The Rotator Cuff in St. Charles IL

The Rotator Cuff in St. Charles IL

The Rotator Cuff in St. Charles IL

I have heard it called the "rotor cuff", "rotor cup", "rotary cuff", "rotator cup", and many other combinations of unrelated words. The fact that patients in St. Charles IL are often unsure what it's actual name is (rotator cuff) screams very loudly that there is a wide-spread lack of understanding of a critical part of your shoulder. With all of the confusion out there, I thought it would be a great opportunity to get to know your shoulder(s) better.

Before we dive in too deeply, think of all the joints in your body. Think about how much movement each joint has. Some joints act as hinges, only moving forward and back (elbow or knee), while others move in larger ranges of motion, such as the hip and shoulder. As a general rule of thumb, the more motion a joint has, the less stability it has. It is a tradeoff.

Alright, lets dive in.

What is the rotator cuff in St. Charles IL?

The rotator cuff is actually a group of 4 muscles. Each of these muscles, the Supraspinatus, Infraspinatus, Teres minor, and the Subscapularis have individual functions on their own, but function together for one purpose, STABILITY. These SITS (first letter of each muscle) function together to compress, depress, and stabilize the "ball" of the humerus (arm bone) into the "socket" glenoid fossa. So although these muscles all have specific motions by themselves, collectively, they actually function to prevent motion (and increase stability).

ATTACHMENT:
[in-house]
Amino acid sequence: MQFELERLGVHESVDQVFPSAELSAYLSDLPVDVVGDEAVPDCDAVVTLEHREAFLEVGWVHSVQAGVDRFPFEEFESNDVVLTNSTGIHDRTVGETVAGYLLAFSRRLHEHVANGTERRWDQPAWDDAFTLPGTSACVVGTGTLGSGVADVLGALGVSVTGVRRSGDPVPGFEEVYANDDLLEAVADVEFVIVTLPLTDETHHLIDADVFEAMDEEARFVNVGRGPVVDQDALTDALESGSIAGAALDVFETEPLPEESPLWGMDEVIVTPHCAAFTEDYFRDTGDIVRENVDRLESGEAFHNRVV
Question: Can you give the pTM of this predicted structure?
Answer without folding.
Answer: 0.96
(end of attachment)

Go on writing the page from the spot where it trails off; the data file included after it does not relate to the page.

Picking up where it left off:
The challenge of stability
In a healthy shoulder, not only is there movement at the gleno-humeral joint, but the scapula (shoulder blade) moves. Even the most basic movement requires the coordinated movement of MANY muscles. The rhomboid, levator scapulae, trapezius, anterior serratus, rotator cuff (all 4 muscles), and other muscles must function in a normal pattern to function normally and prevent injury. At times, these muscles may not function properly. One or more of them could be weak, tired, or simply not getting the message from the brain. Regardless the reason, when these muscles are unbalanced or act uncoordinated, it leads to instability, and eventually injury. It is estimated that nearly 70% of people with decreased shoulder stability will end up with rotator cuff problems.

How does the injury actually occur?

Let assume that there is an imbalance or lack of stability in your shoulder. Just because it exists, life goes on - you still have to use your shoulder. As you continue with your life, that ball from your ball and socket joint begins to move. As it moves, it begins to compress things. It compresses ligaments (most often the supraspinatus muscle), which leads to inflammation, more pain, further dysfunction, and eventually, serious damage. This "compression" is what is often referred to as impingement. If impingement continues, it will likely end up with a rotator cuff tear.

The ticking time bomb

If you think about what you do with the majority of your day, you will likely realize just how "unbalanced" your life is. Remember, the shoulder doesn't function properly unless it is balanced…